Digna Macias remembers clinging to a door frame in her home in Manta, Ecuador, while the walls fell around her last April following a 7.8-magnitude earthquake that struck the Pacific coast of northern Ecuador, where she lives.
Fortunately, neither Macias, nor her daughter, Nidia Palma, who lives with her, were injured badly, but 668 died, more than 4,800 were injured and 80,000 people were displaced in in the country.
“We got hit by bricks that fell on top of us, but thanks to God, it wasn’t too serious,” Macias said. “The house was completely demolished. I felt bad because I didn’t have anywhere to live, but thankfully my daughter and I have been able to stay at my son’s house temporarily.”
MCC partnered with Iglesia Evangélica Menonita Ecuatoriana (IEME) churches in Manabi Province to construct 15 earthquake-resistant homes for their most socio-economically vulnerable church members. Macias was one of the recipients of this assistance.
MCC sent Dave Shenk, a former Mennonite Mission Network worker in Ecuador, as a disaster response coordinator, who said he was shocked when he arrived a week after the earthquake hit: “It was like walking through a war zone in those really affected areas. Buildings were collapsed on top of each other. Police officers and soldiers were patrolling the streets, and other than that it was deserted. The earthquake itself was a horrific experience and very traumatic for people. There were also over 2,000 aftershocks registered.”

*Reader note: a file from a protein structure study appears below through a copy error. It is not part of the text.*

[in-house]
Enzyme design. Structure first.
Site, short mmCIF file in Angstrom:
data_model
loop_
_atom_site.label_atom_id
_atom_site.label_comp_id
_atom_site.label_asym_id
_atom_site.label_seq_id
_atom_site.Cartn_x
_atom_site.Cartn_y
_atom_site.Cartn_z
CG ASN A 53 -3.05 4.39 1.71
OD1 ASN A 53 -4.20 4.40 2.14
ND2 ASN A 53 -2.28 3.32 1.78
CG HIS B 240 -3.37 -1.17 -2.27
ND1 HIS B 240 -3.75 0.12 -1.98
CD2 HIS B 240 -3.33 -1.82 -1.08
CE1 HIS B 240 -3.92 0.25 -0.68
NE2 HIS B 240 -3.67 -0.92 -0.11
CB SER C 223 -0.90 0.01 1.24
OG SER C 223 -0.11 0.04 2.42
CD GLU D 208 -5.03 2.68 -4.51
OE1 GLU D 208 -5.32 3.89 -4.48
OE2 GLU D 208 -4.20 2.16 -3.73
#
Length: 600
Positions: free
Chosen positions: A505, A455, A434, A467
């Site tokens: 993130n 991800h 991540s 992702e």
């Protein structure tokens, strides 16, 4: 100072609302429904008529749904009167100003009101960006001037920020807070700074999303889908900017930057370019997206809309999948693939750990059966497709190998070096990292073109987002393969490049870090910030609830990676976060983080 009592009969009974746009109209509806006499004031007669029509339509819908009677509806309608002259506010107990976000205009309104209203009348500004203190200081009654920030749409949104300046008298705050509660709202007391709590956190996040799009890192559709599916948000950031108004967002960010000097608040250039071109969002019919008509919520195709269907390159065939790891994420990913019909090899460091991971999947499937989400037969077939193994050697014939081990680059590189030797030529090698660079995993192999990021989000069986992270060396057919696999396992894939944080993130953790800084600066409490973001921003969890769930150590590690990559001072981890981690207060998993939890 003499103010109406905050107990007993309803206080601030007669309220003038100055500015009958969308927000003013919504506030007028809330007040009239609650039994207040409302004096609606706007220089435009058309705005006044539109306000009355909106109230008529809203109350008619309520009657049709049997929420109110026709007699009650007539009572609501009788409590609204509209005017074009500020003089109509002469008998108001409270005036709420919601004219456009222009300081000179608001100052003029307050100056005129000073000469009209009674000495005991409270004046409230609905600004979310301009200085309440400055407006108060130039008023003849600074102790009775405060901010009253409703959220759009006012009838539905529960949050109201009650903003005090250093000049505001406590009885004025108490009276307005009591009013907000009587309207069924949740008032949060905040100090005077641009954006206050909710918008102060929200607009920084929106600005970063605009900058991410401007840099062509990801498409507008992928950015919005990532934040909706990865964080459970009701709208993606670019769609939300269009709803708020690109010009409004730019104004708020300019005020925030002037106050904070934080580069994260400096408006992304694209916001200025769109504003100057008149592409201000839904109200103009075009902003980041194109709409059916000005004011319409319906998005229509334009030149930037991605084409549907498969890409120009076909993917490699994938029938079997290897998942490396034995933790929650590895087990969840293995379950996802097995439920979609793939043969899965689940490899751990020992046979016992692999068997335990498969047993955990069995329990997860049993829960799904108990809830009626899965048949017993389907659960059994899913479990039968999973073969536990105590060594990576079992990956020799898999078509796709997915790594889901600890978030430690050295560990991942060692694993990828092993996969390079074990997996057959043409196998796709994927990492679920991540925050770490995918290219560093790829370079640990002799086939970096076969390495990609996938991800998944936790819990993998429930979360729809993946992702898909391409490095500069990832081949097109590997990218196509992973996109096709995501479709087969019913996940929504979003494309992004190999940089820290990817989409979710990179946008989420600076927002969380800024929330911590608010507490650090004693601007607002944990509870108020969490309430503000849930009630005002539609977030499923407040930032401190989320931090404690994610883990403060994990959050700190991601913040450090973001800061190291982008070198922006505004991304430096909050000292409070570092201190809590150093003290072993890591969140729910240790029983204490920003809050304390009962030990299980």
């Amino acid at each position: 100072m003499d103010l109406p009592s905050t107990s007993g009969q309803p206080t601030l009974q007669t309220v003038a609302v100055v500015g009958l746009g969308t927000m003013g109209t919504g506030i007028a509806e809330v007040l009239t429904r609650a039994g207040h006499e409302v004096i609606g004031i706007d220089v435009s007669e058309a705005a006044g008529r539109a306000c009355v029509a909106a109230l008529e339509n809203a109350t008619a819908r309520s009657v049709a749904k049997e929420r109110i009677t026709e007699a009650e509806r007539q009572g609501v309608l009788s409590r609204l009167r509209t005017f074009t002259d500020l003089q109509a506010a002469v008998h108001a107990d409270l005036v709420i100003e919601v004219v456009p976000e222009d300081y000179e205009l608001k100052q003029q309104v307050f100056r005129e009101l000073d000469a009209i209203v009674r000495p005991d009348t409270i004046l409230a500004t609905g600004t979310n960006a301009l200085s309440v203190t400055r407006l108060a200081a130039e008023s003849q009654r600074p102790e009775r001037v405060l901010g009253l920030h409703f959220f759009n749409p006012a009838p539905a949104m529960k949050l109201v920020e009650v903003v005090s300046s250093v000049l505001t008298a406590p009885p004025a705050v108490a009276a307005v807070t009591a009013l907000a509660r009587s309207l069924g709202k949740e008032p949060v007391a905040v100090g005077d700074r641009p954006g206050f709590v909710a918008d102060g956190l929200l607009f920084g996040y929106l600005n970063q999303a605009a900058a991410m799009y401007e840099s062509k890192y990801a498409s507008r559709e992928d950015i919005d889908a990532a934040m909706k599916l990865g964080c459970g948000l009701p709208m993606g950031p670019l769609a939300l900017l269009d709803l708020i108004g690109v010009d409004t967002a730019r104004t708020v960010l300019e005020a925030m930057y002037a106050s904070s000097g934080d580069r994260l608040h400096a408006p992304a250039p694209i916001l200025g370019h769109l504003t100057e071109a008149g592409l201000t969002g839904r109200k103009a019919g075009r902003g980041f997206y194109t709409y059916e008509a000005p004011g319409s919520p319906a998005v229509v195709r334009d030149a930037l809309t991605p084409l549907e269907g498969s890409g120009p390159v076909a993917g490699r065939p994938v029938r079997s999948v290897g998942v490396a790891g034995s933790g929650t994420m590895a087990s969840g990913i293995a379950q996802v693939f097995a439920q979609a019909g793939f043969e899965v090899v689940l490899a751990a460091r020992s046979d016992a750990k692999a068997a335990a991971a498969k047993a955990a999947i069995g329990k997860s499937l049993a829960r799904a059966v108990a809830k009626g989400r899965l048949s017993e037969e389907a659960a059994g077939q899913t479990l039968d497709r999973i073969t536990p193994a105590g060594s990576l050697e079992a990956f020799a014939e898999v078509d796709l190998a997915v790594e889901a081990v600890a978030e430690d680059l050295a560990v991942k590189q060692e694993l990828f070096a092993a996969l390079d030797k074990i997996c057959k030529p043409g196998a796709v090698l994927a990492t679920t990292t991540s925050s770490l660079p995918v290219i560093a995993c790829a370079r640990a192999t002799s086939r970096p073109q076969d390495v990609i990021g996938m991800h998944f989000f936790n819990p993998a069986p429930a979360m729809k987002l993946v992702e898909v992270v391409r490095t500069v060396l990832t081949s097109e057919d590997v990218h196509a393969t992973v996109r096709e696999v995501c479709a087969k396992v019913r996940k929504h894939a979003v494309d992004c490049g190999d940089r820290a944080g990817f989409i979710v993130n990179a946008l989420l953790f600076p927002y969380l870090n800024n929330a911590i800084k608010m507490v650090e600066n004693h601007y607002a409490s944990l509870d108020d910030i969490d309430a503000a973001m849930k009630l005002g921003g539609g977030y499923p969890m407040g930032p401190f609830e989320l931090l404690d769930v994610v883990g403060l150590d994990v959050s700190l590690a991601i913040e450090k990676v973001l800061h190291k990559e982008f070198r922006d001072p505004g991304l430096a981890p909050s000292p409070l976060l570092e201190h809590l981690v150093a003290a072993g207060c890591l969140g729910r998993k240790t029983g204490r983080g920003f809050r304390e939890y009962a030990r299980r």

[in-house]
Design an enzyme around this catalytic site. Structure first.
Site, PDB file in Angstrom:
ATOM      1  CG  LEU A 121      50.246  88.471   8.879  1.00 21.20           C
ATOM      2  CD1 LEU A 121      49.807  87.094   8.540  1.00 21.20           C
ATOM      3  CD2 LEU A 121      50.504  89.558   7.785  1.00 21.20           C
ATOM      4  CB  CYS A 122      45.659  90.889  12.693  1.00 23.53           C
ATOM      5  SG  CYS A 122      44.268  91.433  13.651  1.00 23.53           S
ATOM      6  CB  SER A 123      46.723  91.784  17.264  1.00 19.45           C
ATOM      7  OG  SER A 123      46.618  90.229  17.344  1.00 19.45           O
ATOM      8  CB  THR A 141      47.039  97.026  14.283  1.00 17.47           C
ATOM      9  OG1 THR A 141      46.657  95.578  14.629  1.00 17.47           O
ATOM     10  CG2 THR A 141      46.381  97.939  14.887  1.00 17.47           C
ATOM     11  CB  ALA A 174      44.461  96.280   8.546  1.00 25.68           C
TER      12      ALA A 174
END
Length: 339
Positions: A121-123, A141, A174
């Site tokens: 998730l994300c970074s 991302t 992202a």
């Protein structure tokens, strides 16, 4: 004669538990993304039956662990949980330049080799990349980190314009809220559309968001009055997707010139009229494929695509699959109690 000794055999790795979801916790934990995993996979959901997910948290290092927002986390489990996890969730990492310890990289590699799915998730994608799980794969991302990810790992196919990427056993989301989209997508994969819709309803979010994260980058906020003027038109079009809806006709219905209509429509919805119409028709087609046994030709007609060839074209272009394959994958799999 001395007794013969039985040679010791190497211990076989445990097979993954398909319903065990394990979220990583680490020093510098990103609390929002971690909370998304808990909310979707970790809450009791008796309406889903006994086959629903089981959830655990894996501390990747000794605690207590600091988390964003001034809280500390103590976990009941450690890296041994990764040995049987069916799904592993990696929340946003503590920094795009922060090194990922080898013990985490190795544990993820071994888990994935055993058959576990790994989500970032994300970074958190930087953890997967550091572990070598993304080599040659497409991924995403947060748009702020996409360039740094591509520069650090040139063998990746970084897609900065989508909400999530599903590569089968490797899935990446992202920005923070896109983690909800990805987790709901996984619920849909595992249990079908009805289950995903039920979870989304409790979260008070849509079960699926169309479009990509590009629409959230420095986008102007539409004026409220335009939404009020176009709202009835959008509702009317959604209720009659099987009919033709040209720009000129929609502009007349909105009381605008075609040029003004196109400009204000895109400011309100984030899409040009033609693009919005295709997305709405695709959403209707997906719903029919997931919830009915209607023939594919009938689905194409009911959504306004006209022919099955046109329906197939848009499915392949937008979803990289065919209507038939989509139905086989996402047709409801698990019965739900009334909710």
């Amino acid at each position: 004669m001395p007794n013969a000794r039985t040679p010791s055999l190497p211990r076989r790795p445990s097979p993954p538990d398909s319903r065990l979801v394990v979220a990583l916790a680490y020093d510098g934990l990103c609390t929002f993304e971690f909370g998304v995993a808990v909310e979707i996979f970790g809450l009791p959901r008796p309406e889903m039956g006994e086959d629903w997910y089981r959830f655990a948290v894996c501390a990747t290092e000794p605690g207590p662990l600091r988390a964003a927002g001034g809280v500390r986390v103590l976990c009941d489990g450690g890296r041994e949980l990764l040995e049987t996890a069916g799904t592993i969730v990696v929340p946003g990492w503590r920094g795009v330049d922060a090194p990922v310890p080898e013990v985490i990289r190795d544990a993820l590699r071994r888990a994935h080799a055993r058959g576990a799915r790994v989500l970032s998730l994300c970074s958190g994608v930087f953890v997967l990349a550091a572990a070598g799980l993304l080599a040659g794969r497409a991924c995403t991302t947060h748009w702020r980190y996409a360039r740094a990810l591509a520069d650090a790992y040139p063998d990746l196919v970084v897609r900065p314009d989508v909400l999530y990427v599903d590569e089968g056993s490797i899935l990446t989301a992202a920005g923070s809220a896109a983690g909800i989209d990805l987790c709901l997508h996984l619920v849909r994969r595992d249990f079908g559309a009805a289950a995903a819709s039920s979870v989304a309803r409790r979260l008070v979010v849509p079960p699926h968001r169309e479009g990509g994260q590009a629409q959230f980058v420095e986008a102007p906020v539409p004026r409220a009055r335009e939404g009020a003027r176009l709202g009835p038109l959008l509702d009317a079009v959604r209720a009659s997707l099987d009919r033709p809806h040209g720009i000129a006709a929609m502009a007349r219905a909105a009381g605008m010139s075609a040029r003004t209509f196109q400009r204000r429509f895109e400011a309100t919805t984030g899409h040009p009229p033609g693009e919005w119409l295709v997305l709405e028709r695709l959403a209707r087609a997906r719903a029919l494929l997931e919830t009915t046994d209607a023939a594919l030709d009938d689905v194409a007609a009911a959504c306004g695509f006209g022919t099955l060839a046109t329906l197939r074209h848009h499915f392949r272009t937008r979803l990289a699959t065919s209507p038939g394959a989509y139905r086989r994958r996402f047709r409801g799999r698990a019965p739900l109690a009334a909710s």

“People who don’t have support networks, a savings account and aren’t able to stabilize themselves because they maybe don’t have a job to fall back on, continue to be in really precarious situations,” he said. “We tried to implement better building techniques so that homes are stronger and families would feel safer there.”
Macias and her daughter fit the criteria.
The year before the earthquake, her home was damaged in two floods, according to Shenk. Bearing this in mind, a local civil engineer who attends an IEME congregation planned to build her house up to prevent future damage.
“Thanks to God, I have a new house,” Macias said. “I feel very happy and thankful to all of you.”
To date, IEME has fully completed five homes and is finishing work on three others of the 15 it has committed to rebuilding. Some only require repairs, but many were demolished and need to be fully rebuilt.